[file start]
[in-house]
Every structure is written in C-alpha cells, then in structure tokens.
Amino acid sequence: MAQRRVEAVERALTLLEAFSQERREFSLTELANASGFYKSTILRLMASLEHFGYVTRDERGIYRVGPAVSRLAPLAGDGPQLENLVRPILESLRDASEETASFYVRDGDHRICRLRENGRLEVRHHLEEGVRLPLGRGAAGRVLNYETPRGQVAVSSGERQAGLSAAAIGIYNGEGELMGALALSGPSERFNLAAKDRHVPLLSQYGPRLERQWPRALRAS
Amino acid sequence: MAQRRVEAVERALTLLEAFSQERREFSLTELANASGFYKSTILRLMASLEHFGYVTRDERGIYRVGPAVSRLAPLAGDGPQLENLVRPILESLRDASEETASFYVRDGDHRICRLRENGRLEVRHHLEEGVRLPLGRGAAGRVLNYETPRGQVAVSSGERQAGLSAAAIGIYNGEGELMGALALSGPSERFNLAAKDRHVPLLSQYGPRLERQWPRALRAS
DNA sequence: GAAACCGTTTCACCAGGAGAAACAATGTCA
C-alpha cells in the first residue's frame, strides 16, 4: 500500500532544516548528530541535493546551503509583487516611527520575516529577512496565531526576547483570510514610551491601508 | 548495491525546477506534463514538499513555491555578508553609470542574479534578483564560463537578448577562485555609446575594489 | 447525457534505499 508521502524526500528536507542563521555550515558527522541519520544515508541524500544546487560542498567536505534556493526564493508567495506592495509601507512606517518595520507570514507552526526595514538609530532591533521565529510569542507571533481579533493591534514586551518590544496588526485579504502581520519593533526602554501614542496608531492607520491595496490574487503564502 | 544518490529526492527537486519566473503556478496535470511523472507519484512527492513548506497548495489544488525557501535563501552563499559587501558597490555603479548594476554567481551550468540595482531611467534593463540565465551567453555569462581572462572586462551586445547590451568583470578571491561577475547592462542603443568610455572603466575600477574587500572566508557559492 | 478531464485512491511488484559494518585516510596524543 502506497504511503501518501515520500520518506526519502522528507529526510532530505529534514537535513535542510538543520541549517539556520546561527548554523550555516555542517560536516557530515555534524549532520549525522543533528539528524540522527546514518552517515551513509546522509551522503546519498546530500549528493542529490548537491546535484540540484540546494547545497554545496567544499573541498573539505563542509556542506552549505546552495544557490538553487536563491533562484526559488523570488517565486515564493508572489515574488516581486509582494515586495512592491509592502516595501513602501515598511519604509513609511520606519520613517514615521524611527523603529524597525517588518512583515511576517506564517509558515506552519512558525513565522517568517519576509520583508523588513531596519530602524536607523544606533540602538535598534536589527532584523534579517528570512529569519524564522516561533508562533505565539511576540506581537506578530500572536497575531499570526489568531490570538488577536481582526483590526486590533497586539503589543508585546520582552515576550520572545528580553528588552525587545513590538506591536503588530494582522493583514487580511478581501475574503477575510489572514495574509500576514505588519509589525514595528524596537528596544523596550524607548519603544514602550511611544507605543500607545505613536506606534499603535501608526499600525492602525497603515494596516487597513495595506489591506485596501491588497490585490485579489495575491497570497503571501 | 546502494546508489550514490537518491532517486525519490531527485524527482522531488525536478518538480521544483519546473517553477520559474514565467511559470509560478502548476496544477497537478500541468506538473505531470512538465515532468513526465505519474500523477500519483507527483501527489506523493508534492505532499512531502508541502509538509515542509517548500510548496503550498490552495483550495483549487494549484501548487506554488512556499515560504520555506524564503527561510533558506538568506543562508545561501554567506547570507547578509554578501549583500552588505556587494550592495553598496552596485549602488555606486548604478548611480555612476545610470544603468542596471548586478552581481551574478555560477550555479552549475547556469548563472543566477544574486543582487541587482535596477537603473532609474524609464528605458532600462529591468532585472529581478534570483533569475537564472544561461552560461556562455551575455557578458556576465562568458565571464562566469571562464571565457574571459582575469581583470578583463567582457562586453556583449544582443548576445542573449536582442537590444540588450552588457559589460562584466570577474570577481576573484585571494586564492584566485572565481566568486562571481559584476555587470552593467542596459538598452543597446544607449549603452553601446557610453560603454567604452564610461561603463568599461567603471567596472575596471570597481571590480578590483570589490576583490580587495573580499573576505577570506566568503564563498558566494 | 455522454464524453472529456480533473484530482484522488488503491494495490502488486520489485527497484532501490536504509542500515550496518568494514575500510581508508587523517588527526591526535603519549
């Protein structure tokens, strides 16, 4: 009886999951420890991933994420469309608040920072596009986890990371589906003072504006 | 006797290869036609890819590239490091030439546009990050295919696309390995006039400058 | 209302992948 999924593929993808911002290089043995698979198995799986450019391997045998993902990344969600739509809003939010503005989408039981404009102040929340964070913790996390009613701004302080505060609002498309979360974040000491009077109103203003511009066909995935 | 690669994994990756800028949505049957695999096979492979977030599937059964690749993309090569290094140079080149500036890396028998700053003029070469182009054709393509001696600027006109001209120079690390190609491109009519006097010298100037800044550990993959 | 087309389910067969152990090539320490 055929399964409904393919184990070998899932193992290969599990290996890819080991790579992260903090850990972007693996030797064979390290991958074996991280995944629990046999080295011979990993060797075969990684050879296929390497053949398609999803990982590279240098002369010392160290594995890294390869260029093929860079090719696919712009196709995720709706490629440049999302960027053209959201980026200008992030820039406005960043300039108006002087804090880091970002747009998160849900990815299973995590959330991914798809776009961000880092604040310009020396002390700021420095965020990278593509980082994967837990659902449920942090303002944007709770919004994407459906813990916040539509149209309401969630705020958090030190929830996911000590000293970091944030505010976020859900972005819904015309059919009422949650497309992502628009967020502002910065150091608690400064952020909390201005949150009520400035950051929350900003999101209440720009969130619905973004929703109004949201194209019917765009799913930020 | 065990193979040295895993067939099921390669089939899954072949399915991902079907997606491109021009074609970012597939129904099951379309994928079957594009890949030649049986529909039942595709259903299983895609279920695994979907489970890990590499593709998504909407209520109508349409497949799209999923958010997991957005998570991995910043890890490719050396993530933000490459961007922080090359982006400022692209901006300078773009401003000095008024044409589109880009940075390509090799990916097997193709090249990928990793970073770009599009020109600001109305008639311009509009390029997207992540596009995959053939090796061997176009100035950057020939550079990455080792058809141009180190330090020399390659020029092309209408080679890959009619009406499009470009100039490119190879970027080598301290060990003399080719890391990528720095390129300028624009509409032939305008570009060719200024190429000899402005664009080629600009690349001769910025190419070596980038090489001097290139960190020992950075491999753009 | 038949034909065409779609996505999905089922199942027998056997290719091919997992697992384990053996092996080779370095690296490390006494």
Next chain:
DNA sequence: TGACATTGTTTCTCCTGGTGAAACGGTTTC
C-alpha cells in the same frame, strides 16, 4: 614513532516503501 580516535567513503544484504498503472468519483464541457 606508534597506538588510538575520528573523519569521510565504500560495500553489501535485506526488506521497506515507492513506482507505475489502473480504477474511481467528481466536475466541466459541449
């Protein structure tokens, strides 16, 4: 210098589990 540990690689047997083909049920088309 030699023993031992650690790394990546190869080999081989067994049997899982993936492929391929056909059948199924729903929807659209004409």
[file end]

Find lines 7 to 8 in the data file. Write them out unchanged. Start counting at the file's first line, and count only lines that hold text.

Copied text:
């Protein structure tokens, strides 16, 4: 009886999951420890991933994420469309608040920072596009986890990371589906003072504006 | 006797290869036609890819590239490091030439546009990050295919696309390995006039400058 | 209302992948 999924593929993808911002290089043995698979198995799986450019391997045998993902990344969600739509809003939010503005989408039981404009102040929340964070913790996390009613701004302080505060609002498309979360974040000491009077109103203003511009066909995935 | 690669994994990756800028949505049957695999096979492979977030599937059964690749993309090569290094140079080149500036890396028998700053003029070469182009054709393509001696600027006109001209120079690390190609491109009519006097010298100037800044550990993959 | 087309389910067969152990090539320490 055929399964409904393919184990070998899932193992290969599990290996890819080991790579992260903090850990972007693996030797064979390290991958074996991280995944629990046999080295011979990993060797075969990684050879296929390497053949398609999803990982590279240098002369010392160290594995890294390869260029093929860079090719696919712009196709995720709706490629440049999302960027053209959201980026200008992030820039406005960043300039108006002087804090880091970002747009998160849900990815299973995590959330991914798809776009961000880092604040310009020396002390700021420095965020990278593509980082994967837990659902449920942090303002944007709770919004994407459906813990916040539509149209309401969630705020958090030190929830996911000590000293970091944030505010976020859900972005819904015309059919009422949650497309992502628009967020502002910065150091608690400064952020909390201005949150009520400035950051929350900003999101209440720009969130619905973004929703109004949201194209019917765009799913930020 | 065990193979040295895993067939099921390669089939899954072949399915991902079907997606491109021009074609970012597939129904099951379309994928079957594009890949030649049986529909039942595709259903299983895609279920695994979907489970890990590499593709998504909407209520109508349409497949799209999923958010997991957005998570991995910043890890490719050396993530933000490459961007922080090359982006400022692209901006300078773009401003000095008024044409589109880009940075390509090799990916097997193709090249990928990793970073770009599009020109600001109305008639311009509009390029997207992540596009995959053939090796061997176009100035950057020939550079990455080792058809141009180190330090020399390659020029092309209408080679890959009619009406499009470009100039490119190879970027080598301290060990003399080719890391990528720095390129300028624009509409032939305008570009060719200024190429000899402005664009080629600009690349001769910025190419070596980038090489001097290139960190020992950075491999753009 | 038949034909065409779609996505999905089922199942027998056997290719091919997992697992384990053996092996080779370095690296490390006494």
Next chain: